Conservative journalist Michael Brendan Dougherty, who happens to be the politics editor at Business Insider, and I rapped on Bloggingheads about violence, the market, and the right—as well as Michael’s crazy funky love.

What Happens to a Bathroom Break Deferred?

24 Mar

From The Huffington Post

“When I used to go to the bathroom, I literally had somebody counting down the minutes,” Dickerson says.

It was particularly difficult when she was having her period and felt she couldn’t use the restroom when she needed to. Eventually, she was being reprimanded for too many breaks, she says. Worried about losing her job, she says she tried so hard to avoid using the bathroom that she eventually developed a bladder infection.

In case you missed my earlier post on the history of the bathroom break (turns out, it’s not just history)…

Reactionary Mindz

24 Mar

 

“If he can run his household, he can run the country. Amen!”

Haley Harris, Rick Santorum supporter and chanteuse, profiled in today’s New York Times (h/t Elias Isquith)

“In order to keep the state out of the hands of the people, it is necessary to keep the family out of the hands of women and children.”

Louis de Bonald, French counterrevolutionary quoted in The Reactionary Mind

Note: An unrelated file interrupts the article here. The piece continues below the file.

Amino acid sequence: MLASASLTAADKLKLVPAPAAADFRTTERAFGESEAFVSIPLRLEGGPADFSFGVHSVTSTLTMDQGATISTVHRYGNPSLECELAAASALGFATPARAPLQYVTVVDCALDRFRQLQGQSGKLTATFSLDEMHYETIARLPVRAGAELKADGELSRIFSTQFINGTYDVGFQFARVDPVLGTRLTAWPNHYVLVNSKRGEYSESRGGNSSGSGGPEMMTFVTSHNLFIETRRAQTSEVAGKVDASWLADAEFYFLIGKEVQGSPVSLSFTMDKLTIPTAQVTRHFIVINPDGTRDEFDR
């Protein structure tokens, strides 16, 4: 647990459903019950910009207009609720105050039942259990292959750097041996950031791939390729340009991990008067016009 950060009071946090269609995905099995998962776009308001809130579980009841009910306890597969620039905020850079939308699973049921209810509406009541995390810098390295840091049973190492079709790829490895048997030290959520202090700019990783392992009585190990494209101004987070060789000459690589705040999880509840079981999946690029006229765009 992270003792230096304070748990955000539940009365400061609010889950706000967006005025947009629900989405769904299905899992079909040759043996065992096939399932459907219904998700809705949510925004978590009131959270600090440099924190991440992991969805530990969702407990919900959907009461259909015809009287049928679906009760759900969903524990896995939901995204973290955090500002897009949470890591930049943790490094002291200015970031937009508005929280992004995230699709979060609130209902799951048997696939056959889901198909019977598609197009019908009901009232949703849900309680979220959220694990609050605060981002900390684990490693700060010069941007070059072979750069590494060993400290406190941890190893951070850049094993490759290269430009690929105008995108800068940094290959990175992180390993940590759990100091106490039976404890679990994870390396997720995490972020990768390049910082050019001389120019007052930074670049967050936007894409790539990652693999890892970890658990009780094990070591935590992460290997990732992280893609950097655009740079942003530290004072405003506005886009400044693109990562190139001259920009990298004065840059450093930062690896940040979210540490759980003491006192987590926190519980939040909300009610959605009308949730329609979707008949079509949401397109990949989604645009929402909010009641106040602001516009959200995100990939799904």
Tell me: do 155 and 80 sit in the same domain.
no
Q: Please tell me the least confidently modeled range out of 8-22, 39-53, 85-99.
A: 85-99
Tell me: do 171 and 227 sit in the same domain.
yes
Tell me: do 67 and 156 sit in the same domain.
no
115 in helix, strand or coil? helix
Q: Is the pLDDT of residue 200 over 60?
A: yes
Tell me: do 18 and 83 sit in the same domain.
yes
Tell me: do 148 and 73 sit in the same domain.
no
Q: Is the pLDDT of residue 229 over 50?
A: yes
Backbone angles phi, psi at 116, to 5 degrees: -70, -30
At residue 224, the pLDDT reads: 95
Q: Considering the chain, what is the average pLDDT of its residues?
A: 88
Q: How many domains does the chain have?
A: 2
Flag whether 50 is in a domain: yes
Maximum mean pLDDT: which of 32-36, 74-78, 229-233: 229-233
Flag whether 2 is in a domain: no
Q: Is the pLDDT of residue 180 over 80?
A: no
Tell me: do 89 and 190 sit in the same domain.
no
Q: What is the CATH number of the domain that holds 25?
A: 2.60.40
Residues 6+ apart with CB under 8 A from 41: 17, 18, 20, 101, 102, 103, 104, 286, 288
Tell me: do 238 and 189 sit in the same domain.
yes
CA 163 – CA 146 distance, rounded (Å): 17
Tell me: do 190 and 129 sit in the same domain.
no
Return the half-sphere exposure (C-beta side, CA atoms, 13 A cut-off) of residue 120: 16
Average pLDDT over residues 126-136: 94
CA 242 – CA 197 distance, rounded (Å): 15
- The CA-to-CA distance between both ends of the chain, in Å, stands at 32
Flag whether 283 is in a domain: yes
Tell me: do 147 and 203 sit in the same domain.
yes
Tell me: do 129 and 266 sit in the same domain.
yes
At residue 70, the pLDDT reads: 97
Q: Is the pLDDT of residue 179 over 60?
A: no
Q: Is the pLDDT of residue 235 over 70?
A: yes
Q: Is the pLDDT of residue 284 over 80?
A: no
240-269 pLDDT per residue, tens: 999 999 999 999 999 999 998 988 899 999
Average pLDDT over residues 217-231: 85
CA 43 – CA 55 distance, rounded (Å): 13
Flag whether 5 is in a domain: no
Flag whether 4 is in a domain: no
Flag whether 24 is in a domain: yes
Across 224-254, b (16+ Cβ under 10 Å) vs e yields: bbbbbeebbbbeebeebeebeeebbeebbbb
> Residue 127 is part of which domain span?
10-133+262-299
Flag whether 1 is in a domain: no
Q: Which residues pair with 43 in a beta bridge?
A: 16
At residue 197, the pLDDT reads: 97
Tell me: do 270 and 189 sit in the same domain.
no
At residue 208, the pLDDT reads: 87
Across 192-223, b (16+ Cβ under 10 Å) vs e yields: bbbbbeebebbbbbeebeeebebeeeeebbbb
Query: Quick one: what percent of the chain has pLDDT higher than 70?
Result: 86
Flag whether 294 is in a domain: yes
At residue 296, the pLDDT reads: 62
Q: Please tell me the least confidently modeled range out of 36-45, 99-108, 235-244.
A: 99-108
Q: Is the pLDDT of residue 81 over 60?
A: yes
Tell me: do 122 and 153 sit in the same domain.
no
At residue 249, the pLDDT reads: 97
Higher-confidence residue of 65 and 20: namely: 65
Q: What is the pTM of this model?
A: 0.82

Sluts!

21 Mar

Social conservatives are targeting the underlying framework of Eisenstadt v. Baird (1972). One of the less well known birth-control Supreme Court cases, Eisenstadt established that unmarried women and men have a right to use birth control. Jonathan Moreno and Francis Killing have a good analysis over at The Nation:

In Liberty and Sexuality, [historian David] Garrow quotes extensively from conservative commentators who claim that Eisenstadt was intended to legitimize sexual liberty and to extend separate the privacy right from marriage and family. Privacy, up to then, was essentially a patriarchal concept with the family as the property of the husband. Limbaugh expresses the same sentiment in cruder ways. Sexually active women who are freed from the fear of pregnancy are “sluts.” Had Sandra Fluke, the 30-year-old single Georgetown Law student, been married, would Limbaugh have ranted that she wanted us to “pay for her to have sex?” We doubt it.

(Just days later Limbaugh wondered about Tracie McMillan who had just won a literary prize: “What is it with all these young single white women? Overeducated doesn’t mean intelligent.”)